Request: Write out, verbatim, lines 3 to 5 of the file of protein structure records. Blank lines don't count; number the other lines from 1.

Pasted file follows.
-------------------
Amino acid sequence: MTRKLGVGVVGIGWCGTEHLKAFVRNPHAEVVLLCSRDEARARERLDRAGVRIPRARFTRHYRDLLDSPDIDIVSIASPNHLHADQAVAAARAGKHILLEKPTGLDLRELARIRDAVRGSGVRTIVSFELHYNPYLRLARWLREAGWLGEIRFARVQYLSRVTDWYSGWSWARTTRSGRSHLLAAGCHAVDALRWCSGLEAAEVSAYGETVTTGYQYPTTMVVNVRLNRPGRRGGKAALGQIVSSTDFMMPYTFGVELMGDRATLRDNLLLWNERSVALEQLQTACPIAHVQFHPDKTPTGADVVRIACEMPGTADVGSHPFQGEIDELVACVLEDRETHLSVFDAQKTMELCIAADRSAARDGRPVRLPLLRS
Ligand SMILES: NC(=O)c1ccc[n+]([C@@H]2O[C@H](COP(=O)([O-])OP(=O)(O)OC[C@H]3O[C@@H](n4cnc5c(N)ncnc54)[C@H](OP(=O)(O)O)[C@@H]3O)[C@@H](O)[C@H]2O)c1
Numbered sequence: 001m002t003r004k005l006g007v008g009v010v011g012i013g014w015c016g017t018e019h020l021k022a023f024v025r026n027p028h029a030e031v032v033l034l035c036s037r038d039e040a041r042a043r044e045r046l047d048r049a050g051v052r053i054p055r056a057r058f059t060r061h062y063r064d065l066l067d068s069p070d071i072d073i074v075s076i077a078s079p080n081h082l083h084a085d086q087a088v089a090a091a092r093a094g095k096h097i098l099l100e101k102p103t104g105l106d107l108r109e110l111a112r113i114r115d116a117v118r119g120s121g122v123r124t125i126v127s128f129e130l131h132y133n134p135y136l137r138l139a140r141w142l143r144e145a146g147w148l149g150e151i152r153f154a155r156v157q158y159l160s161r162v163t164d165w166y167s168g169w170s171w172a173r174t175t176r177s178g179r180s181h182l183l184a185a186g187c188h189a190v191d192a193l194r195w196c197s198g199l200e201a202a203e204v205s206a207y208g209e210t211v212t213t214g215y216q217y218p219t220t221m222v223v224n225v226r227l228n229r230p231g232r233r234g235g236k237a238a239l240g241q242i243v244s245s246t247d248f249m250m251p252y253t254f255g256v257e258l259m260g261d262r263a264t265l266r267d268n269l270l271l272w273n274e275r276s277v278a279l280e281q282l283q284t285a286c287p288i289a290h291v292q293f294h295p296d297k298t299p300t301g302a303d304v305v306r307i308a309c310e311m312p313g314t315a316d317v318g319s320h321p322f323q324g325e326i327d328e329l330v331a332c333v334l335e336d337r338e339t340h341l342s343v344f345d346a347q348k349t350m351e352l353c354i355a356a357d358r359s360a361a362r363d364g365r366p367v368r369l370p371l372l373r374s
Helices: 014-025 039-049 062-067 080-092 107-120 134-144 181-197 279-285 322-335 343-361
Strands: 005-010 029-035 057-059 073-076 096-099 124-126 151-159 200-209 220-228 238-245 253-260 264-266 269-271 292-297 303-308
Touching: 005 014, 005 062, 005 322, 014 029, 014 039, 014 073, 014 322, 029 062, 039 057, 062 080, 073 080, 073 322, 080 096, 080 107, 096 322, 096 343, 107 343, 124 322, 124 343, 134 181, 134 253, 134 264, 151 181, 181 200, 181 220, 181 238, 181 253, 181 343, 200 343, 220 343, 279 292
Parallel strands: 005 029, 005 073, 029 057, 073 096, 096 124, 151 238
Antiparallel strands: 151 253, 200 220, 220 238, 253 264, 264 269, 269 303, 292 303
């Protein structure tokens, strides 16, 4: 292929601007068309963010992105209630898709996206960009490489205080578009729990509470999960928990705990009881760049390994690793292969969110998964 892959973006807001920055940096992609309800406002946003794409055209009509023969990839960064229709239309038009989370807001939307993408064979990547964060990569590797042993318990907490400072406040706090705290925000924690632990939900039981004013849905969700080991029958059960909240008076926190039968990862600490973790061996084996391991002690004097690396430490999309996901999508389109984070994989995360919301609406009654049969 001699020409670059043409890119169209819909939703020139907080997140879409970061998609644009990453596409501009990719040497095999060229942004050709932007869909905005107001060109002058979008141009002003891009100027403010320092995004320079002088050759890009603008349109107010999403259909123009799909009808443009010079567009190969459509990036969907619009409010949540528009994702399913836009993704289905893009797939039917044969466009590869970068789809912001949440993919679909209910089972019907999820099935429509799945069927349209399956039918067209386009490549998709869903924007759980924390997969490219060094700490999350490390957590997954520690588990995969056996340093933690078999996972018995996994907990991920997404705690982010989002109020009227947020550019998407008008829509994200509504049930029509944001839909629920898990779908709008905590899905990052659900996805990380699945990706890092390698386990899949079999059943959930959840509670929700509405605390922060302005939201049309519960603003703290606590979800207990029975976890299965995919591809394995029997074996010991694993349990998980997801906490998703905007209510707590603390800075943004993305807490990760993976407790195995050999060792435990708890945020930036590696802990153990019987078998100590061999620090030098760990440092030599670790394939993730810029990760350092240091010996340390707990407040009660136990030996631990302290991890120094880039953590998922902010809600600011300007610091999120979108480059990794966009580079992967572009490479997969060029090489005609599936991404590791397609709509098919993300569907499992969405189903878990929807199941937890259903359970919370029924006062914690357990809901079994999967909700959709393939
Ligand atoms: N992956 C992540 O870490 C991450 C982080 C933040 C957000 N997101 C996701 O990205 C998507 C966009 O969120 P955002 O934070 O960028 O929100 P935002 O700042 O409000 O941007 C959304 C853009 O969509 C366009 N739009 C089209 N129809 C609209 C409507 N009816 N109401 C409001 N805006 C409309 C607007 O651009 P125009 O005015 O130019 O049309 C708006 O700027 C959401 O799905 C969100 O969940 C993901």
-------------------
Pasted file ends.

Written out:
Numbered sequence: 001m002t003r004k005l006g007v008g009v010v011g012i013g014w015c016g017t018e019h020l021k022a023f024v025r026n027p028h029a030e031v032v033l034l035c036s037r038d039e040a041r042a043r044e045r046l047d048r049a050g051v052r053i054p055r056a057r058f059t060r061h062y063r064d065l066l067d068s069p070d071i072d073i074v075s076i077a078s079p080n081h082l083h084a085d086q087a088v089a090a091a092r093a094g095k096h097i098l099l100e101k102p103t104g105l106d107l108r109e110l111a112r113i114r115d116a117v118r119g120s121g122v123r124t125i126v127s128f129e130l131h132y133n134p135y136l137r138l139a140r141w142l143r144e145a146g147w148l149g150e151i152r153f154a155r156v157q158y159l160s161r162v163t164d165w166y167s168g169w170s171w172a173r174t175t176r177s178g179r180s181h182l183l184a185a186g187c188h189a190v191d192a193l194r195w196c197s198g199l200e201a202a203e204v205s206a207y208g209e210t211v212t213t214g215y216q217y218p219t220t221m222v223v224n225v226r227l228n229r230p231g232r233r234g235g236k237a238a239l240g241q242i243v244s245s246t247d248f249m250m251p252y253t254f255g256v257e258l259m260g261d262r263a264t265l266r267d268n269l270l271l272w273n274e275r276s277v278a279l280e281q282l283q284t285a286c287p288i289a290h291v292q293f294h295p296d297k298t299p300t301g302a303d304v305v306r307i308a309c310e311m312p313g314t315a316d317v318g319s320h321p322f323q324g325e326i327d328e329l330v331a332c333v334l335e336d337r338e339t340h341l342s343v344f345d346a347q348k349t350m351e352l353c354i355a356a357d358r359s360a361a362r363d364g365r366p367v368r369l370p371l372l373r374s
Helices: 014-025 039-049 062-067 080-092 107-120 134-144 181-197 279-285 322-335 343-361
Strands: 005-010 029-035 057-059 073-076 096-099 124-126 151-159 200-209 220-228 238-245 253-260 264-266 269-271 292-297 303-308